Talk about the great legacy that is Jack O'Connor

Muley Buck 2003

Muley Buck 2003

Postby Phil Andresen » Tue Feb 18, 2014 9:04 pm

Over the years we have lost too many members of our family hunting party; though painful and inevitable, times change and life goes on for those of us who are left behind. We love and miss them; think of them often, can almost hear their voices, their laughter and see their faces… they live in our hearts and will always be with us as we continue our traditions.

These days I’m on top as dawn and legal shooting time arrive, after that I can be found almost anywhere. With this approach I’m often the first guy on the hill, but plenty of others come in afoot and on quads from all directions. Still, I honestly believe that if you stay out all-day, every day, you’ll eventually notch a tag… And, a good buck can pop up most anywhere.

I hunt the same north-south ridge each morning; it’s about a forty-five minute hike to get on top of the north end; from there the hunt is to the south where the main ridge rises into a timbered high-point, from there it turns west, across a saddle, and ends on a lightly timbered knob. A one-way hike to the knob is about a mile and a half.

West of the high-point, below the saddle, is a broad basin; its home away-from-home for migrating deer; bears and coyotes live there and wolves prowl it periodically. It’s one of those unique north-facing places with elevation, panoramic visibility, plenty of feed and shady cover… it provides everything deer need along with a feeling of quiet remoteness, like their summer-range. Depending on the weather, moon phase and where they’re coming from, migrating groups will lounge around feeding for several days, but with any hunting pressure they’ll bail out and won’t hole-up again for miles… later arrivals winter here.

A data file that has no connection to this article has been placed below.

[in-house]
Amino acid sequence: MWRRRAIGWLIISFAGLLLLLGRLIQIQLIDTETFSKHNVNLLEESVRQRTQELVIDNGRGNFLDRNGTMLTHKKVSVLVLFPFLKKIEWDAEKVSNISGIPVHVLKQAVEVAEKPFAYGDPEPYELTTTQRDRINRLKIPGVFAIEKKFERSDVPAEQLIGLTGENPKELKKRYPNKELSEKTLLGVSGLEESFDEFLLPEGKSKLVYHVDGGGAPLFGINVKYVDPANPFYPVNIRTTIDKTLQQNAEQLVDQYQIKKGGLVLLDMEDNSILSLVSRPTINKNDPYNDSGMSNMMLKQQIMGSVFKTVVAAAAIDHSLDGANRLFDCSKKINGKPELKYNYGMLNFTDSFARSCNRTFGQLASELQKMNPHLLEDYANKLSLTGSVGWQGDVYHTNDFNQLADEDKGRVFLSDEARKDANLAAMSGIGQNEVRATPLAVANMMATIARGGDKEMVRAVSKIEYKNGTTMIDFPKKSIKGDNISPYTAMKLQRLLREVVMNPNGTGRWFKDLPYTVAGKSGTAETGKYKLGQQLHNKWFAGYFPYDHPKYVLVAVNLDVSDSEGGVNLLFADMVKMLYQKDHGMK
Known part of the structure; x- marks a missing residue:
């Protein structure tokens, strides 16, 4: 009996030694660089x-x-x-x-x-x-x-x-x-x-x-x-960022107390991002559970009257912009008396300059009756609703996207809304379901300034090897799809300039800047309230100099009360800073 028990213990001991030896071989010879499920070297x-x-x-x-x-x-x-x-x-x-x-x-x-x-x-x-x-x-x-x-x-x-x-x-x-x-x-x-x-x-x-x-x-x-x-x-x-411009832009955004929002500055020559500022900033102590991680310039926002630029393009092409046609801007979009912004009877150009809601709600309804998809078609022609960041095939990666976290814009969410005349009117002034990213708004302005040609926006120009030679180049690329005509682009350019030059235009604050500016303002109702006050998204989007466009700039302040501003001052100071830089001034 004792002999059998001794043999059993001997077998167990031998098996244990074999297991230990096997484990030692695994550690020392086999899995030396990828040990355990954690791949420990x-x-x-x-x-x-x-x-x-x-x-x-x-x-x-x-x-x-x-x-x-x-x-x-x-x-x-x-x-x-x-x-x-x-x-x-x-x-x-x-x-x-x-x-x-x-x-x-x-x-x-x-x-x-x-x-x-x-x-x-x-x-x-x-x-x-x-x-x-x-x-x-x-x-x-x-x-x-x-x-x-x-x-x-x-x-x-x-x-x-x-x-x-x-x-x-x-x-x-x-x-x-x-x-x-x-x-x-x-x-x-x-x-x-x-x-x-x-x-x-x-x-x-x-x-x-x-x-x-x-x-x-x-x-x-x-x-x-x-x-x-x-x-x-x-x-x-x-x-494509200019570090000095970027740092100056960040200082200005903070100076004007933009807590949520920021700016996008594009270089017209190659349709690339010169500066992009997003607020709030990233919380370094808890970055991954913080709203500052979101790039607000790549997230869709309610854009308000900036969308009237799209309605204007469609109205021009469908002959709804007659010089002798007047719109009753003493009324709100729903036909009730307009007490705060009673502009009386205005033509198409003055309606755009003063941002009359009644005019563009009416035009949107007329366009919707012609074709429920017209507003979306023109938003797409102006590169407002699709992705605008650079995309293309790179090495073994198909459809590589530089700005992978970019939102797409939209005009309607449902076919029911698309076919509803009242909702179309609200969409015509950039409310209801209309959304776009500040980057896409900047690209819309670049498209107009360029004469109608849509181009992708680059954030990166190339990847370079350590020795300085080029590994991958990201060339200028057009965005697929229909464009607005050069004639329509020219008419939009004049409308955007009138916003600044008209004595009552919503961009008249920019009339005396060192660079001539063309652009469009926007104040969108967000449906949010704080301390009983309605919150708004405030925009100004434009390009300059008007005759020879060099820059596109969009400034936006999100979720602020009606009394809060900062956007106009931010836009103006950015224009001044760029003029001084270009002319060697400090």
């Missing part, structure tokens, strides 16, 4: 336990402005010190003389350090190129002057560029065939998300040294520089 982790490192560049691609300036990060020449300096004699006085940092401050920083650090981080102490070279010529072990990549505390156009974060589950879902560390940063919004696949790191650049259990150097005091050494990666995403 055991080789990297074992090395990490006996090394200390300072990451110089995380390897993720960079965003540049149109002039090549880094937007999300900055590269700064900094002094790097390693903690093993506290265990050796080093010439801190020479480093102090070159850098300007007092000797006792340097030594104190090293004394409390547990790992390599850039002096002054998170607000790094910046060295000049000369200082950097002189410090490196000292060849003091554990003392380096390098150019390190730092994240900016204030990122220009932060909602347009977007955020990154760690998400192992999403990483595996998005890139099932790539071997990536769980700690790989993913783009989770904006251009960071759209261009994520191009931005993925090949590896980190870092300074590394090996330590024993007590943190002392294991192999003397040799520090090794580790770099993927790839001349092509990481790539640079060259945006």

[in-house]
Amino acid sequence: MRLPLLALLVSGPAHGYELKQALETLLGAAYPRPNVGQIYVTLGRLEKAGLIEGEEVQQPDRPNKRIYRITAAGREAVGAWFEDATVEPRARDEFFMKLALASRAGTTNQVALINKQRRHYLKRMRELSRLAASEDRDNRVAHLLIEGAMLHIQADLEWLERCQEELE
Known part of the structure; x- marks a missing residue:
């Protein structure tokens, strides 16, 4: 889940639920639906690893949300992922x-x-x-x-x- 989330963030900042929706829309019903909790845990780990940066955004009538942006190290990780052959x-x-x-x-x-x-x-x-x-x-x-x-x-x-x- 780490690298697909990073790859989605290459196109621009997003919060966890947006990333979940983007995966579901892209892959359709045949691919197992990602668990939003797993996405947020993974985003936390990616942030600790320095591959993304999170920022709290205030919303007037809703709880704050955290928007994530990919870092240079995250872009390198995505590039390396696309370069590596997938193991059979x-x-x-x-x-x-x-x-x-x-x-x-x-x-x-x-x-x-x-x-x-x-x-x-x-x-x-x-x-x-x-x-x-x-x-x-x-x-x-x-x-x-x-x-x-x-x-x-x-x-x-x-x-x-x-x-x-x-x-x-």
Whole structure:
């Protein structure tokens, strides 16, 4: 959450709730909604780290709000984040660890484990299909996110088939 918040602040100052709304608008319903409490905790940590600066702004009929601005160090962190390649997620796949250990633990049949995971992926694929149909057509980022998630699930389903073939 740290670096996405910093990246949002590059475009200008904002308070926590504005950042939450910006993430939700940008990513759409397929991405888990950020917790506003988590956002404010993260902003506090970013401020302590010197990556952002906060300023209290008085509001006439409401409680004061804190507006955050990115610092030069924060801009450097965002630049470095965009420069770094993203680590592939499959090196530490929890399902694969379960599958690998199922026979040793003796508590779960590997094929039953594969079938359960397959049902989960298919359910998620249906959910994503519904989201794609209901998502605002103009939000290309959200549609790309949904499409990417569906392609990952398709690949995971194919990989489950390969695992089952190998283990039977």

As usual, legal shooting time found me up on top. I always hunt it in a southerly S pattern, constantly glassing down into all the small finger ridges and draws on each side of the main ridge. The migration had started; a couple groups of does and fawns were headed south and another bunch fed across the top headed east.

Watching your back-trail is a must in this wide-open country; it takes nothing at all to conceal a deer and migrators can cover miles in no time. When they’re moving, mule deer travel like caribou: they follow each other’s scent trails; the lead-doe knows where to go, where to feed, and where it’s best to hole up and rest.

It was Wednesday, the middle of our nine-day season; out of habit I turned to check my back-trail just in time to see a half-dozen does come running around the top of a hill; in the middle of the bunch was a pretty good buck. They stayed tightly grouped as they slowed to a walk; quickly I ranged them at 525 yards. Between us was a shallow swale at about 200 yards, getting to that little groove was going to be the best chance I’d have to ambush that buck.

Crawling in sagebrush is never easy; sharp rocks, old barbed-wire, dry grass, rattlesnakes, yellow-jackets… heck, there’re plenty of things that can make it very ugly to travel on your hands and knees; but none of them mattered. Immediately I was down in the brush, out of the deer’s sight and crawling to that shallow swale. Just as I crossed the bottom and started up the other side I glassed and ranged them again. Somehow they still hadn’t seen me, but something or someone must’ve jumped them, they were hot and panting, and still very skittish; the buck was a good three-point.